Books

book review

In ‘The Confidence Game,’ are we conning ourselves?

Ferdinand W. Demara Jr. outside a courtroom in Augusta, Maine in 1957.

ASSOCIATED PRESS

Ferdinand W. Demara Jr. outside a courtroom in Augusta, Maine in 1957.

Get in shape. Drink less. Just be better. Such typical New Year’s resolutions aren’t usually mentioned in connection with con artists. It is, however, both a strength and weakness of Maria Konnikova’s “The Confidence Game’’ that one can’t help but see both the grifter and the mark in such perennial end-of-the-year optimism. Like most cons, as Konnikova presents them, our resolutions blend desire and optimism to create a convincing delusion — and underscore our own collusion.

“The Confidence Game” examines “rationality and its departures,” offering a guide to the psychological dynamics exploited by con men. Konnikova, author of “Mastermind: How to Think Like Sherlock Holmes” and contributor to numerous publications including the Globe, focuses on the con’s victims more than its perpetrators. The result is a brisk, engaging overview of the ways these skilled tricksters masterfully manipulate us to their own ends. It’s con artistry as applied psychology.

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These schemes succeed because they follow a seductive narrative arc. “Given the right cues,” Konnikova writes, “we’re willing to go along with just about anything and put our confidence in just about anyone . . . [f]or our minds are built for stories.” The grifter’s tale usually hits a set of moves, including the “Play,” the moment the victim is hooked; the “Convincer,” when the subject feels that everything is going according to plan; and the “Touch,” the moment of the fleecing. Konnikova, who holds a PhD in psychology from Columbia, structures her book around these and other moves — each chapter isolates a section of the con — taking readers through the mechanics at work during each part of a hustle.

Every successful deception is a “story of [the mark’s] exceptionalism.” Why wouldn’t I be given a stock tip? Why wouldn’t a prince ask me to help him out with his stranded fortune? (Believe it or not, those e-mails are written poorly, she tells us, to weed out all but the most willing victims.) After all, I’m pretty great. “Ultimately,” Konnikova writes, “what a confidence artist sells is hope.” Konnikova supports her argument by drawing on a significant trove of social scientific research, usually focusing on trust, confirmation bias, and our impulse to claim responsibility for our successes while distancing ourselves from failure.

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Alongside the discussion of psychology, “The Confidence Game” features brief vignettes that highlight some exceptional practitioners, including: Ferdinand Demara, who conned his way into being both a surgeon lieutenant of the Royal Canadian Navy and a structural engineer; Gregor MacGregor, a master salesman who tricked hundreds into investing in — and moving to! — the fictional Central American nation of Poyais; and Alan Knight, who “faked being a quadriplegic in a coma for almost three years.”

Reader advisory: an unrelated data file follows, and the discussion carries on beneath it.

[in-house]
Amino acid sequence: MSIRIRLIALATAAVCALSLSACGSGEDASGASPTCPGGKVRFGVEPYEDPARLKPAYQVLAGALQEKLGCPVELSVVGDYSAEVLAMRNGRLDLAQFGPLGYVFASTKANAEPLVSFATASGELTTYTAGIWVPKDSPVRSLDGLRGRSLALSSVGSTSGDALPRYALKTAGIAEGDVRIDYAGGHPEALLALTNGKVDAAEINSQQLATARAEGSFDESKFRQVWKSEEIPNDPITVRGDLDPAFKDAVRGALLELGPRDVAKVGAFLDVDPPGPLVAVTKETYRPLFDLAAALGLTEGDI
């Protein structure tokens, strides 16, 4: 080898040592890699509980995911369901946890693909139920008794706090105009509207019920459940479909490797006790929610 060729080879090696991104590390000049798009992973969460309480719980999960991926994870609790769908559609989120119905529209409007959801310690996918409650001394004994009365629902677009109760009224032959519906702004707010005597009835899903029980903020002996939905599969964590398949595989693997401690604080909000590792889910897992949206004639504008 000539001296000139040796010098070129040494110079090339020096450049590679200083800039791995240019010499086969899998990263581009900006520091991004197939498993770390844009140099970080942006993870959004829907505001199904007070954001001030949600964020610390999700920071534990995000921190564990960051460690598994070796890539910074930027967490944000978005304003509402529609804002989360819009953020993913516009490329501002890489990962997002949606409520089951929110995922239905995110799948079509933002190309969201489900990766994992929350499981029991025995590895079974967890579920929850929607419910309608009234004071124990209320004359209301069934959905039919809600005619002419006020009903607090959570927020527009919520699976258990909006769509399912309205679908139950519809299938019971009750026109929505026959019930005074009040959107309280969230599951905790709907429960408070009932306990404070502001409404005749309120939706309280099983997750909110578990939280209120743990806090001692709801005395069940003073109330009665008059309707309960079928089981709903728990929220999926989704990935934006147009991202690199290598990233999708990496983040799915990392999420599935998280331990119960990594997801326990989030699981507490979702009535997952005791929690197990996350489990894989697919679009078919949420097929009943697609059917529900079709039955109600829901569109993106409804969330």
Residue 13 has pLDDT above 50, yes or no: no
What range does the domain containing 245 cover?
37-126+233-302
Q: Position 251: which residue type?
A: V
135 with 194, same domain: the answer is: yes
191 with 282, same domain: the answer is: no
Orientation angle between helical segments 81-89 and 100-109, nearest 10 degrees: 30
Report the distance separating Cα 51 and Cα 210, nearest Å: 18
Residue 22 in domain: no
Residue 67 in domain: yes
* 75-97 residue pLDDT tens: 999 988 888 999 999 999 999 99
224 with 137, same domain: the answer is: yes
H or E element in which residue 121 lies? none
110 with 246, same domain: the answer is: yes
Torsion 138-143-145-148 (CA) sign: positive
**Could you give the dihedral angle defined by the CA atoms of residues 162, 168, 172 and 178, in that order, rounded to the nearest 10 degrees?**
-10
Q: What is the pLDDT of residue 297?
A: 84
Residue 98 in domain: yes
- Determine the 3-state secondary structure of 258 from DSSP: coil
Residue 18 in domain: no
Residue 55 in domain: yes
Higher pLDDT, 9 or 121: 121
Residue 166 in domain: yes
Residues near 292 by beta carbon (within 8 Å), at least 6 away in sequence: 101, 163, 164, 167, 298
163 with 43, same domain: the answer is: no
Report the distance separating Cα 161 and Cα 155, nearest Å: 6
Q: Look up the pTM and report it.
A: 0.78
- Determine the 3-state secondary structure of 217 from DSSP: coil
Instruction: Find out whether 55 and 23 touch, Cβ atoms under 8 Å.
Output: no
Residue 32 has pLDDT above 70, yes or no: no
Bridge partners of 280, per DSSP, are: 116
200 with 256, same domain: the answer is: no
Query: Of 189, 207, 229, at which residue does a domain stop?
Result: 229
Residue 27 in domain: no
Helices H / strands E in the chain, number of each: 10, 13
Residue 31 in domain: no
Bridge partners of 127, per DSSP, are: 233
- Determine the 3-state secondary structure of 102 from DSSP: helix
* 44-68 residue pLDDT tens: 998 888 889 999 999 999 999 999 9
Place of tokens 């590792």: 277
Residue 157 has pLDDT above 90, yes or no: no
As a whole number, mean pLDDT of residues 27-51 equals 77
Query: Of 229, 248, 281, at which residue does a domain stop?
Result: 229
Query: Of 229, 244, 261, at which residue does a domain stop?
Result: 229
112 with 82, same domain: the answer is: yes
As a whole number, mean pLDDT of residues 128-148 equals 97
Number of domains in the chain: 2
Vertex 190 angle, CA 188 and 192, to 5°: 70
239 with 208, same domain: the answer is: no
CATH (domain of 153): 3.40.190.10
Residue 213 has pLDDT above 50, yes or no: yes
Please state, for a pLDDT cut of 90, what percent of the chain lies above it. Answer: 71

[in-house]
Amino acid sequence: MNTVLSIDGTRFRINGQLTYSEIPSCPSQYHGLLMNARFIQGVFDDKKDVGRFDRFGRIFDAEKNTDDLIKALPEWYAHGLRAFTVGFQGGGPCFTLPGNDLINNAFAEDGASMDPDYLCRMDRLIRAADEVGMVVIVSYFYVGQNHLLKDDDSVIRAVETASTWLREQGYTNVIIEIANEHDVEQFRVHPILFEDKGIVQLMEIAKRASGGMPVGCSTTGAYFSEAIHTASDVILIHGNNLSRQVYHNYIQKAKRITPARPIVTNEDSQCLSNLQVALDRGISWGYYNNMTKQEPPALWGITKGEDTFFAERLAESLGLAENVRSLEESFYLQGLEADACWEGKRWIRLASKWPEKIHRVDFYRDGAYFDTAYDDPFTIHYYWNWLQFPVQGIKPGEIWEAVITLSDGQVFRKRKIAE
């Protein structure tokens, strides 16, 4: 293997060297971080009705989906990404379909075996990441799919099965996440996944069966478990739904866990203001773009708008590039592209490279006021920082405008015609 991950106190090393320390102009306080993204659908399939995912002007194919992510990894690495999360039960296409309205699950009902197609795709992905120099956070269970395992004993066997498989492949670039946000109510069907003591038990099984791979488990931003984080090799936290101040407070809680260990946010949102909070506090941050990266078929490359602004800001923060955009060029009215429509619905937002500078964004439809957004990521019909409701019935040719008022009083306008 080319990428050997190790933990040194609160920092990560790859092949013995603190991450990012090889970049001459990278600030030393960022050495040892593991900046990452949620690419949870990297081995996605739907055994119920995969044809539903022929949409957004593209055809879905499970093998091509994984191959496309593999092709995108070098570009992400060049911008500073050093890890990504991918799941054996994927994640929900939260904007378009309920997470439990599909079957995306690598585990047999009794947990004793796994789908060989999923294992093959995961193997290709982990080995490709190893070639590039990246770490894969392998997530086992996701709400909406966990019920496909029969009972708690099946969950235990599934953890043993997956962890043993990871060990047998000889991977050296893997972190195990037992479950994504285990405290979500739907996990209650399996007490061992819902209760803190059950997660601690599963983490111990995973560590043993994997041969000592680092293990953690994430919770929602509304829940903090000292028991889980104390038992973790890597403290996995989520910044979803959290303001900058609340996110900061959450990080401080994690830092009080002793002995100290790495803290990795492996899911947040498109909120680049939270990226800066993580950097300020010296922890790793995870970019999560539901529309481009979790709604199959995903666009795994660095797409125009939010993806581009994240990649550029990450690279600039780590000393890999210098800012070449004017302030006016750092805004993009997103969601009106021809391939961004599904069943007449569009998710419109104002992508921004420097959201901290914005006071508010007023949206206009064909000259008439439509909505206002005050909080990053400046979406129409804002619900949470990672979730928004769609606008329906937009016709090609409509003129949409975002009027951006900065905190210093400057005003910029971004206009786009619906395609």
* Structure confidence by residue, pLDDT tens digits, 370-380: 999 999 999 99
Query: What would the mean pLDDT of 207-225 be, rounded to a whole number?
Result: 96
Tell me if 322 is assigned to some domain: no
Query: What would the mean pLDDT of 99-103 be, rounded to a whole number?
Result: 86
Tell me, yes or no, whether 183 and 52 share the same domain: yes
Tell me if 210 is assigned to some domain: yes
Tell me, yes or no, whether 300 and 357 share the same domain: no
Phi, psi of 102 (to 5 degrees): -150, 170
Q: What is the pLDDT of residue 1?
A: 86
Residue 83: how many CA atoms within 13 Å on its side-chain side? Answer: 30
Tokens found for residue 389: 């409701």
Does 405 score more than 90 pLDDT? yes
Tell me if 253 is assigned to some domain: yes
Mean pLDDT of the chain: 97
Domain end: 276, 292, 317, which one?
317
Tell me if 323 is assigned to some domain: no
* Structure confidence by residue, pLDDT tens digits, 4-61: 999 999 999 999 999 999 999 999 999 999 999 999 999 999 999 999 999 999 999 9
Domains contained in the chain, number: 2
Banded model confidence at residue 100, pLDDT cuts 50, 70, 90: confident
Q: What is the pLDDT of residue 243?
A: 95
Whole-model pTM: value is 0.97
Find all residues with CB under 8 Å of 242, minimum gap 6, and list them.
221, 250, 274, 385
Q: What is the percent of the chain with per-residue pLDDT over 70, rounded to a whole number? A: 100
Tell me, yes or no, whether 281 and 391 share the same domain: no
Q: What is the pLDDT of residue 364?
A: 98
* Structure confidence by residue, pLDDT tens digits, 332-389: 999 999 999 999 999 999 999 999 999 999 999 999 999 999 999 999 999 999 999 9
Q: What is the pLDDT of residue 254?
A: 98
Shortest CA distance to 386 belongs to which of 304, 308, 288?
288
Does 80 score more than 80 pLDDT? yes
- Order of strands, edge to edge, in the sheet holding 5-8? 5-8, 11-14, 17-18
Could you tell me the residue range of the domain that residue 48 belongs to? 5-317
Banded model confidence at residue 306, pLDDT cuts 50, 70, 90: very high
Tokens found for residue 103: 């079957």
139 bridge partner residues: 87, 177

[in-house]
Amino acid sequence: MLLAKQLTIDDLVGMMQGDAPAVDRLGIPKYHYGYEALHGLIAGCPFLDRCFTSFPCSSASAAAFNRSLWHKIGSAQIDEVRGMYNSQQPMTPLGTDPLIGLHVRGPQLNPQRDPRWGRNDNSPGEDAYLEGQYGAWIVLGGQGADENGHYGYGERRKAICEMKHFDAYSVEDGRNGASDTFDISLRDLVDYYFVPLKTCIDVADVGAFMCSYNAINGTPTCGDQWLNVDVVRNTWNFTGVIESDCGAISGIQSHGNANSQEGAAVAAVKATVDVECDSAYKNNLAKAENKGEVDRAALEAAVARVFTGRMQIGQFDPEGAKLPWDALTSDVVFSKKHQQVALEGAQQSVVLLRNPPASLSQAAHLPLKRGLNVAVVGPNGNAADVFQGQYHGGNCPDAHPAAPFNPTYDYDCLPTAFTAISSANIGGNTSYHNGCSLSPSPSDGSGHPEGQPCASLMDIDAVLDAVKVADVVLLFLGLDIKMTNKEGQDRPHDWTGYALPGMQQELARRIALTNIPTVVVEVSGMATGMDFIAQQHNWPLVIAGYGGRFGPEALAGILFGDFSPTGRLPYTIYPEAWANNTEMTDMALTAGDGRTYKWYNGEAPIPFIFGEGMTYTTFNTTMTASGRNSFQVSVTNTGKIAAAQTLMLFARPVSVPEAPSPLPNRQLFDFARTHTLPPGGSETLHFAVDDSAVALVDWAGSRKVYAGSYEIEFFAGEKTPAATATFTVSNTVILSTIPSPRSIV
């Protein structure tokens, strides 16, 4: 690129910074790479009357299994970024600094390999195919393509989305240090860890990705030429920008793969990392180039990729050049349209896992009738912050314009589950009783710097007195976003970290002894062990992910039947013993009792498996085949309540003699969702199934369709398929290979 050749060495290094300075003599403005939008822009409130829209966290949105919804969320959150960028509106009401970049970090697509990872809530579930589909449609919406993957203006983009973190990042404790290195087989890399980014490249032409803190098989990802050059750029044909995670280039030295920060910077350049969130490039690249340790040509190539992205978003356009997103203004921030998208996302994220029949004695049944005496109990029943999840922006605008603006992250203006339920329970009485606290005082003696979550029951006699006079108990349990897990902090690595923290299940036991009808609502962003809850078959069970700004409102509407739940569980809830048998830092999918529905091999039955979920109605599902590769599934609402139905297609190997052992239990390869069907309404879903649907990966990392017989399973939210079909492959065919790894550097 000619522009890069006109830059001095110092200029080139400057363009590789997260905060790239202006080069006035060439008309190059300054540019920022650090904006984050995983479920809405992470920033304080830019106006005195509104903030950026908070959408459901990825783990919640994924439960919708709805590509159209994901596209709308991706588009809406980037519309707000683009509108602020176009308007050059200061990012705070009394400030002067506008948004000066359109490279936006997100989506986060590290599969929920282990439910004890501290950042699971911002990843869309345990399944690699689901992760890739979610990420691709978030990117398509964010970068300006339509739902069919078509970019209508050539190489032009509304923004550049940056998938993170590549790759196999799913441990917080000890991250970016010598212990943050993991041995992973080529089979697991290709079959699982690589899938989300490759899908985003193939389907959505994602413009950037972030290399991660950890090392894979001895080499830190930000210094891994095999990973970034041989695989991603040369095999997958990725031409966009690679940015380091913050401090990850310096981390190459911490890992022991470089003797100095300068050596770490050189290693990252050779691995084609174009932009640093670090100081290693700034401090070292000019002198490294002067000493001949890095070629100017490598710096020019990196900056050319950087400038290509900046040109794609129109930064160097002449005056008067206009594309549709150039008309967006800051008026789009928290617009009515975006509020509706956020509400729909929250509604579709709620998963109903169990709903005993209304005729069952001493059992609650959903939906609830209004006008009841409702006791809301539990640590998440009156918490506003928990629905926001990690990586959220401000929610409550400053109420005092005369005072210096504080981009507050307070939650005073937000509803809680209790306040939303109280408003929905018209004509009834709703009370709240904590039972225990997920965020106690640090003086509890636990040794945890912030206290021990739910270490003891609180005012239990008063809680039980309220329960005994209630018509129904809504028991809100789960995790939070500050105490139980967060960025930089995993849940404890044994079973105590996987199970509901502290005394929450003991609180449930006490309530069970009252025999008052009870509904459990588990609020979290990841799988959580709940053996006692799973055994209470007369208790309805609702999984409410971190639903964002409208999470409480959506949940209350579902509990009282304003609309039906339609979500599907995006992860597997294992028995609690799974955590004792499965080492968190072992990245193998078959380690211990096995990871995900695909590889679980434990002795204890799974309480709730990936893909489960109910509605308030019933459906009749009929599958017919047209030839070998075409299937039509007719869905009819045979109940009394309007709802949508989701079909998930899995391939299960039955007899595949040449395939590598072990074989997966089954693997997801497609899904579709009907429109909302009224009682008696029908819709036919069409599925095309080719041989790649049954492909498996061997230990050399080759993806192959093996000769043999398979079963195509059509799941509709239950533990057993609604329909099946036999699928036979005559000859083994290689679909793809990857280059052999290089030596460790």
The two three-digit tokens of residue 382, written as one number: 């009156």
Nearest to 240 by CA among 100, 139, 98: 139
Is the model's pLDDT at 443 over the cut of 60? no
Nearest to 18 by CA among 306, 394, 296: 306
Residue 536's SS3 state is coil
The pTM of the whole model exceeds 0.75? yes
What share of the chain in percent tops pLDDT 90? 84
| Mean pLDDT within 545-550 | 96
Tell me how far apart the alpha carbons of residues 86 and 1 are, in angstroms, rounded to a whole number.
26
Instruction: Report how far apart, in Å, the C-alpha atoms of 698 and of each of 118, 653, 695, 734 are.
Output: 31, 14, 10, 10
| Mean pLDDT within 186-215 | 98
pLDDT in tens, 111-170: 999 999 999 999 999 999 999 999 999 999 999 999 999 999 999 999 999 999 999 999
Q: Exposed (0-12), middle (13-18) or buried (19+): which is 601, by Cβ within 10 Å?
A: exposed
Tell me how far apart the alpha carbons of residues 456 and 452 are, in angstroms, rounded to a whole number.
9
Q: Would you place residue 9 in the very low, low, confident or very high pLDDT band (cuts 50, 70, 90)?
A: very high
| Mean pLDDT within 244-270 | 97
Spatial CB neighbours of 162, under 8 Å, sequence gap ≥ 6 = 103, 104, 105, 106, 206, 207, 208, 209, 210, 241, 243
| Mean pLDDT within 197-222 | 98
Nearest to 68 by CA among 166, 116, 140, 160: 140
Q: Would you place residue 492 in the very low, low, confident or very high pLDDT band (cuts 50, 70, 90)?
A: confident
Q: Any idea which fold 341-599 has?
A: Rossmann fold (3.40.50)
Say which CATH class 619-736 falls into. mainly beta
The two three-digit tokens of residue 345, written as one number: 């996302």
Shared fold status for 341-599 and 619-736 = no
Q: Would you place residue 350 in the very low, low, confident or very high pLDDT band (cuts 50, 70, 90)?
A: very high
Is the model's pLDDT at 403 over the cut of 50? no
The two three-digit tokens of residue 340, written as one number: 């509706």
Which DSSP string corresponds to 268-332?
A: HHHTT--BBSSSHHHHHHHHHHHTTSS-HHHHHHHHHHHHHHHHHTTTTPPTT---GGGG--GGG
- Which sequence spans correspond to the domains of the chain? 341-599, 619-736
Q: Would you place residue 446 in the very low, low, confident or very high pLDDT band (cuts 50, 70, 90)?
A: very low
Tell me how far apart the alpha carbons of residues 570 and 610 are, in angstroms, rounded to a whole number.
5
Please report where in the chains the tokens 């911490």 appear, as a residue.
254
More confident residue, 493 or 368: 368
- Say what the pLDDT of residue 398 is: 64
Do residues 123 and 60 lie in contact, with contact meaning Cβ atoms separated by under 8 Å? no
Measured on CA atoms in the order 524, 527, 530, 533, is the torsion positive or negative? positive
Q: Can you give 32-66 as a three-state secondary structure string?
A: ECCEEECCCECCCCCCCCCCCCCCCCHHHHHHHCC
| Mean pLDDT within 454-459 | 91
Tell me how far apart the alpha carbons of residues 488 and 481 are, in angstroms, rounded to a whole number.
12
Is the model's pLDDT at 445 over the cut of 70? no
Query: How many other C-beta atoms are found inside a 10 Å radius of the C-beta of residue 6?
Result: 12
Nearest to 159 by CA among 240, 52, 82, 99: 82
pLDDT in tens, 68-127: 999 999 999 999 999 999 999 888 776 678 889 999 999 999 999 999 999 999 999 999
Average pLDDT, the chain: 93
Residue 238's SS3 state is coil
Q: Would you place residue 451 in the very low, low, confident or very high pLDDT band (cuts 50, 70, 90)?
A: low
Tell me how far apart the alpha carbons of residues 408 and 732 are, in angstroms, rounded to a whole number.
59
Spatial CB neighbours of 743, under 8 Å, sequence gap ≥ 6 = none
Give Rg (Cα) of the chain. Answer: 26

Brazen ruses, to be sure, but none of these master grifters hold the spotlight for long. Konnikova always returns to the “exploration of the psychological principles that underlie each and every game.” The benefit of this approach is that it helps redeem those of us who have been taken. As she amply demonstrates, the deck is stacked against us. As a species we have evolved to accommodate trust and belief, as it allows us to get along with one another and to work communally — in addition research shows that those who are optimistic about the basic decency of others are happier, healthier, and more successful.

Yet Konnikova’s approach both strips much of the majesty from audacious cons and defines confidence schemes too broadly. Bernie Madoff? Yes, a con. Three-card monte? Yes. Urban psychics. Likewise. The Nigerian prince e-mail? Your promise to get in shape this year? For Konnikova, these are all variations on the same mental legerdemain. This confuses victims’ shared psychological traits with the fabulously dissimilar artistry of each deception. The devil is in the details Konnikova chooses not to highlight. True students of con artistry should read Konnikova’s entertaining book alongside David Maurer’s seminal “The Big Con” or Amy Reading’s recent “The Mark Inside.”

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Even though “The Confidence Game” doesn’t revel in the sorcery of the con as much as those books, it does remind us of at least two essential things. First, we’re all potential marks. Second, crime interests us not because it deviates from human nature, but because it is a distillation of human nature.

THE CONFIDENCE GAME: Why We Fall for It — Every Time

By Maria Konnikova

Viking, 340 pp., $28

Michael Washburn is the director of programs at the New York Council for the Humanities. He can be reached almost at michael.a.washburn @gmail.com.
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